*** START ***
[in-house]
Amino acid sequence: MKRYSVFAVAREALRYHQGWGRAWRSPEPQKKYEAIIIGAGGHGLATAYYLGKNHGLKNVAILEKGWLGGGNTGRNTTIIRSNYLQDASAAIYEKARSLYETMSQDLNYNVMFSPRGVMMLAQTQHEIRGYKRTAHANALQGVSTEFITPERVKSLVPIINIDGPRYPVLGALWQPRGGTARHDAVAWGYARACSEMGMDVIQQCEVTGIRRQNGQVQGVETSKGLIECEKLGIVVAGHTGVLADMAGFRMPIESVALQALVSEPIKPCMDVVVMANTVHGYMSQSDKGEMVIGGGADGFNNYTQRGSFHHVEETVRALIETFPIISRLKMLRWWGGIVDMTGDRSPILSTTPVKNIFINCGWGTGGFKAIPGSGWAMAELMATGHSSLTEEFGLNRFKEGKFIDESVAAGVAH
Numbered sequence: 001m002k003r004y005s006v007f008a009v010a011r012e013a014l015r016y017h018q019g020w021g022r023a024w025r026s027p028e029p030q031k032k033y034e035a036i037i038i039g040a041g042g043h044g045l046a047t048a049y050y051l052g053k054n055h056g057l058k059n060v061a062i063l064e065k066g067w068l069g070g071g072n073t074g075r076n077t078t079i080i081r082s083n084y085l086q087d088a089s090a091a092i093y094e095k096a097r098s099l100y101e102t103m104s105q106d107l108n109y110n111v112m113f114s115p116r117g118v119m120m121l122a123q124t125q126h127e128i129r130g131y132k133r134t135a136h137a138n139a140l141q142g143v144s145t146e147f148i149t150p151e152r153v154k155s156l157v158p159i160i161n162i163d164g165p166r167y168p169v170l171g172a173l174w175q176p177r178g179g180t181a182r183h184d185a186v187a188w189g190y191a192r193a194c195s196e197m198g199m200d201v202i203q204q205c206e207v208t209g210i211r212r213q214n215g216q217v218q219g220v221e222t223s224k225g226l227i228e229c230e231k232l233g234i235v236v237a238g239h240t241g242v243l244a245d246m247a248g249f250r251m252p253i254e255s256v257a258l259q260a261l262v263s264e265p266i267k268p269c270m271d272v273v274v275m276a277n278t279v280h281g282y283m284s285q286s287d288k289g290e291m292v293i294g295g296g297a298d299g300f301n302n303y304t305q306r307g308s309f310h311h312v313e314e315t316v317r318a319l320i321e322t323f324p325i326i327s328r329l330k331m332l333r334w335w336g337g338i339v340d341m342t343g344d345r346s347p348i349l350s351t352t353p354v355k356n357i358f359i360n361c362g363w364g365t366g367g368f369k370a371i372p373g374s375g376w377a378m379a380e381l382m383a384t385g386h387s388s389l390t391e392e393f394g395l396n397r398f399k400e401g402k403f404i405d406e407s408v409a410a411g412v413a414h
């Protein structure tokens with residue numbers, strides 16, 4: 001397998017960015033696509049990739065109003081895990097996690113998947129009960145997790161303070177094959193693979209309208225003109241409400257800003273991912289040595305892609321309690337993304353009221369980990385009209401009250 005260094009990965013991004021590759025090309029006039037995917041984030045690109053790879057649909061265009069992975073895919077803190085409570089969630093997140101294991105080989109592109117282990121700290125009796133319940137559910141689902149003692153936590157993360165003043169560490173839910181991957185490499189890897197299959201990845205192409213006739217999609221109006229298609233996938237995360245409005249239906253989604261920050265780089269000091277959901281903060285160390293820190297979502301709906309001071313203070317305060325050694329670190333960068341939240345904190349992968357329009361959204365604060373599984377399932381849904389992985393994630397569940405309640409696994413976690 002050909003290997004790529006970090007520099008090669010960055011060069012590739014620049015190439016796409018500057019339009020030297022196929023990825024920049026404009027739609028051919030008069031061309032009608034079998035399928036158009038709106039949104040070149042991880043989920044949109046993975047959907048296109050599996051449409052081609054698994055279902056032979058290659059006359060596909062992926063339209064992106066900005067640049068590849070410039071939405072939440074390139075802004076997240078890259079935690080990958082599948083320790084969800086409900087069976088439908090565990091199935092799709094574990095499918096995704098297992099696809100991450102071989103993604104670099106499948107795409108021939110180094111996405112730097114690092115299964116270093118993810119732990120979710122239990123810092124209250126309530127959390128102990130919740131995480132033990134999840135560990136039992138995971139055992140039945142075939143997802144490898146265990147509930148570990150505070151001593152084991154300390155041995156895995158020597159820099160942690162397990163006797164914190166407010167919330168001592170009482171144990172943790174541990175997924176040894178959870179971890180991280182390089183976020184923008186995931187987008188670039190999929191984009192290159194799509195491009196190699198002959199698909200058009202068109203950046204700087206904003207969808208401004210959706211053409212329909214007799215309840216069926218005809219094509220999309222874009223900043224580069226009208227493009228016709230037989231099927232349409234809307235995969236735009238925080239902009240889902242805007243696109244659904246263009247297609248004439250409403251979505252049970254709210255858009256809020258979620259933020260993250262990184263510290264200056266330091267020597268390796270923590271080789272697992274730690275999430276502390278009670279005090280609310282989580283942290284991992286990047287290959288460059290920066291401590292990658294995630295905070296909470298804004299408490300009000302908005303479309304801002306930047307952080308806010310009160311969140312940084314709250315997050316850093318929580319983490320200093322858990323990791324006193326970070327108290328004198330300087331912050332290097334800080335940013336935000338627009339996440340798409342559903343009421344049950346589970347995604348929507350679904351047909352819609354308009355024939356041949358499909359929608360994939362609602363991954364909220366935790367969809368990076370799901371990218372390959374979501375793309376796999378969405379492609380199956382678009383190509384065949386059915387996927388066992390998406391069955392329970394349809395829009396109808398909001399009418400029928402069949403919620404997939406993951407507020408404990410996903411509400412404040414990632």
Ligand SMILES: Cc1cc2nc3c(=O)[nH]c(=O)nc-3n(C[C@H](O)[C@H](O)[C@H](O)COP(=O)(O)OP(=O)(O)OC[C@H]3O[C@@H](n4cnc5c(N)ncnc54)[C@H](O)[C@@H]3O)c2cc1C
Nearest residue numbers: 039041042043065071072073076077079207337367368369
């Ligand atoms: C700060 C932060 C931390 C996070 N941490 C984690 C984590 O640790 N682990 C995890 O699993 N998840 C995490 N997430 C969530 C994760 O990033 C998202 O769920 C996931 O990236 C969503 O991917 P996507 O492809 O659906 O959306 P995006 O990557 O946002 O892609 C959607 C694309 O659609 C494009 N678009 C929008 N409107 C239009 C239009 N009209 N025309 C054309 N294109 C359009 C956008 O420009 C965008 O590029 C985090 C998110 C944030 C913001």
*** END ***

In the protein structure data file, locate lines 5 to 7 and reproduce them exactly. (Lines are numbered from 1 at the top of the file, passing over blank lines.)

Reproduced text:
Ligand SMILES: Cc1cc2nc3c(=O)[nH]c(=O)nc-3n(C[C@H](O)[C@H](O)[C@H](O)COP(=O)(O)OP(=O)(O)OC[C@H]3O[C@@H](n4cnc5c(N)ncnc54)[C@H](O)[C@@H]3O)c2cc1C
Nearest residue numbers: 039041042043065071072073076077079207337367368369
């Ligand atoms: C700060 C932060 C931390 C996070 N941490 C984690 C984590 O640790 N682990 C995890 O699993 N998840 C995490 N997430 C969530 C994760 O990033 C998202 O769920 C996931 O990236 C969503 O991917 P996507 O492809 O659906 O959306 P995006 O990557 O946002 O892609 C959607 C694309 O659609 C494009 N678009 C929008 N409107 C239009 C239009 N009209 N025309 C054309 N294109 C359009 C956008 O420009 C965008 O590029 C985090 C998110 C944030 C913001």